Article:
Squatting in the shade of the northern Domiz camp’s spartan portacabins this week, many of the new refugees looked shellshocked. Children were jittery, their parents too tired to speak much.
The Turkish-backed offensive did not come as a shock — the refugees said they had been glued to the news, watching with rising dread the Turkish threats against the Kurdish-led administration that ran their area. But when the fighting finally began, its speed took many by surprise. In less than a week, more than 160,000 were fleeing, and those with permission to stay in Iraq headed straight there.
Those without queued for days at the border. Many turned to smugglers, paying exorbitant prices for an hours-long walk through the night.
Salhar Omar Saffar, 30, said she scooped up her young daughter and ran.
“My mother stayed. She said she was too old to make the journey,” Saffar said. “But she told me to go. She told me to take the baby and to find a way to give her a life.”
The Norwegian Refugee Council said 1,006 people had crossed into Iraq since hostilities began Oct. 9.
“We expect more and more in the coming days,” spokesman Tom Peyre-Costa said. Most international aid groups said this week that the violence and insecurity had forced them to suspend humanitarian operations and evacuate foreign staff. The bombing and shelling also led hospitals to close and left areas without access to clean drinking water.
“Winter is coming, and with harsh conditions in Syria, displaced people will be more and more likely pushed to migrate towards Iraq, where they can seek shelter,” Peyre-Costa said.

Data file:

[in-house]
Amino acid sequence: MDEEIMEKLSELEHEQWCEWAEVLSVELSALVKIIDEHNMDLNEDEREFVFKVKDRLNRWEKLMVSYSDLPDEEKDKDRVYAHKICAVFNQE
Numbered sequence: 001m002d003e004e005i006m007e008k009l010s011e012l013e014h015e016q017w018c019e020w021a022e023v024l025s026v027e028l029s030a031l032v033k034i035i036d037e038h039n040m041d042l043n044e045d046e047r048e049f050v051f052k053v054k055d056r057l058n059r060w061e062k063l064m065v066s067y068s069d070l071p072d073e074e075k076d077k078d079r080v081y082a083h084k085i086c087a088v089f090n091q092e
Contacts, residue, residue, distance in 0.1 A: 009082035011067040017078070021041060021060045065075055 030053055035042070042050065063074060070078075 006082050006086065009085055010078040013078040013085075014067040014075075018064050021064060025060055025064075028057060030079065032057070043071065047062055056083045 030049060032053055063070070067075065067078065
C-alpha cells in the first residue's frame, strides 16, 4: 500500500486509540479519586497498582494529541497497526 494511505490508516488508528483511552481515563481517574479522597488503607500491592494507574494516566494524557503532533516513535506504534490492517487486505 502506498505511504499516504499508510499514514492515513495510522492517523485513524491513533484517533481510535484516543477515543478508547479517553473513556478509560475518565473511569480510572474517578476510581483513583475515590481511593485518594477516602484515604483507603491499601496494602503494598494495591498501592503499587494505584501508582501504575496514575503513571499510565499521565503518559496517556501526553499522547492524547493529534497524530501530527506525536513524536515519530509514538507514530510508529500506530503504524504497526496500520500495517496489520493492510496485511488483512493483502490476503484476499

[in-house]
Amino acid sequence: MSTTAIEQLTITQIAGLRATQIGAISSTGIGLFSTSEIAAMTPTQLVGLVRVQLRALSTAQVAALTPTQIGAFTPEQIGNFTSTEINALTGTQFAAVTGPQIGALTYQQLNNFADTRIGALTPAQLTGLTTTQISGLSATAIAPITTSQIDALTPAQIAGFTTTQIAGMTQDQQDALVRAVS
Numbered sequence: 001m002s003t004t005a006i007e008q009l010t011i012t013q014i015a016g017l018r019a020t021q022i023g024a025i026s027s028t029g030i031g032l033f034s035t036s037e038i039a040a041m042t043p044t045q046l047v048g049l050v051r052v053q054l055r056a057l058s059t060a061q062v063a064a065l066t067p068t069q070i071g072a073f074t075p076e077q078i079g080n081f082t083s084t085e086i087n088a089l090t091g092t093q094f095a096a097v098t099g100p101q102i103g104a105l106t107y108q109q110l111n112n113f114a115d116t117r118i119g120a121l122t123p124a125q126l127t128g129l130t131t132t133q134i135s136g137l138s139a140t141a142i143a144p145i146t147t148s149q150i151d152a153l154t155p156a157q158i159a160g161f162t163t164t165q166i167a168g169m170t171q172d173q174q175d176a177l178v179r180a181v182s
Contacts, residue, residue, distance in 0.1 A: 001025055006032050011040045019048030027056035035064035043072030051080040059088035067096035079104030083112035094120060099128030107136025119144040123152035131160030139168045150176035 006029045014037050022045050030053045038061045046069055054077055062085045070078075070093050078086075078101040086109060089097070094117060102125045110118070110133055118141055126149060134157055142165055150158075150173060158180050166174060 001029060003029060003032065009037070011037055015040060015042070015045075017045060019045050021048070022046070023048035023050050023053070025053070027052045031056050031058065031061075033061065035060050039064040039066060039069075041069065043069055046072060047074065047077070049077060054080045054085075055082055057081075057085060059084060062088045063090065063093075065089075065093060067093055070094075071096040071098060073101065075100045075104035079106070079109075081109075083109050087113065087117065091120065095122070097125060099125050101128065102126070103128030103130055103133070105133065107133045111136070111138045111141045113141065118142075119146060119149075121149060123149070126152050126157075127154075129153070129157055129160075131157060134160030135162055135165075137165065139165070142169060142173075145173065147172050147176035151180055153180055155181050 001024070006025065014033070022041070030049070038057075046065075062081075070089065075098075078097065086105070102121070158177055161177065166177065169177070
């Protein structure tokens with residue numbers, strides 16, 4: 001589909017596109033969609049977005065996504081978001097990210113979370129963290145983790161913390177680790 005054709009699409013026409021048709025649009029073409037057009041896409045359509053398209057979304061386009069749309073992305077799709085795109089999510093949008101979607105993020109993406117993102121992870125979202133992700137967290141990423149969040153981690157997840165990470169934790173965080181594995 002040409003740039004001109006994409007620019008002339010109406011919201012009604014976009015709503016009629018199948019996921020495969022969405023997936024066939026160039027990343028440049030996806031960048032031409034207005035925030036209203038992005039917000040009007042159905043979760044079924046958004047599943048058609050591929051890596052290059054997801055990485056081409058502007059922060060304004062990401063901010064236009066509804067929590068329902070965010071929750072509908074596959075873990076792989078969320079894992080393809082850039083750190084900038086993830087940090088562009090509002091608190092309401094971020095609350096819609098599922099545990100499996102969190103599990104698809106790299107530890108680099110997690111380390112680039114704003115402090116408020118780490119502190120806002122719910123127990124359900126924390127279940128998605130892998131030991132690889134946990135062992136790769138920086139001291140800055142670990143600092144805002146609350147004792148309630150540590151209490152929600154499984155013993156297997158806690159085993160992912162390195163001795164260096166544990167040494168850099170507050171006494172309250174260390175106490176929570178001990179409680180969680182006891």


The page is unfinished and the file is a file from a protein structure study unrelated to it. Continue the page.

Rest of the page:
The Kurdistan Regional Government, which administers Iraq’s northern province, called on the international community Tuesday to provide fresh support as the area prepared to receive a “new wave of displaced people fleeing conflict and persecution.”
After eight years of war in Syria, Iraq is home to 250,000 refugees. Tens of thousands more Iraqis remain displaced by the U.S.-backed fight against the Islamic State here. The United Nations said Wednesday that it was reactivating a camp in Bardarash, east of Mosul, to accommodate the new influx. Camp authorities have worked through the night to turn the lights back on and set up tents to house families. Guards and humanitarian staff in Domiz said they had been working 14-hour days to help the new refugees settle in.
The Trump administration’s decision to pull troops from northeastern Syria has set off a scramble for power there. As the Turkish military shelled border towns this week and an allied Syrian rebel force moved in, Russia brokered the only deal that Kurdish-led authorities had left, Western diplomats said: a partial return for Syrian President Bashar al-Assad’s forces and a likely end to the years-long Kurdish governance project there.
As the contours of that agreement remained unclear Wednesday, Turkey rebuffed U.S. calls for a cease-fire and pushed on with its offensive, demanding that the Kurdish fighters lay down their arms.
Few Syrian Kurds who crossed the border this week said they expected to return home any time soon. One man, who spoke on the condition of anonymity out of fear for his family’s safety in Syria, said he had stayed in their hometown through eight years of war, dropping out of school, hiding from militants and watching the futures they had hoped for ebb away. In the end, he said, his family left with smugglers Sunday night because they had a right to “live without war.”
His 19-year-old wife nodded.
“We are young people, and we’ve already lost our childhoods,” she said. “Syria is over for us. We just need to be anywhere else.”
For Saffar, too, Turkey’s offensive seemed to mark an end to life as she knew it in Syria.
“I’m not going back. How can I? We lived eight years there as if there was freedom.”
She gestured toward her daughter, Silina.
“I never thought I’d leave my country, but I left it for her,” she said. “I walked through the mountain for her.”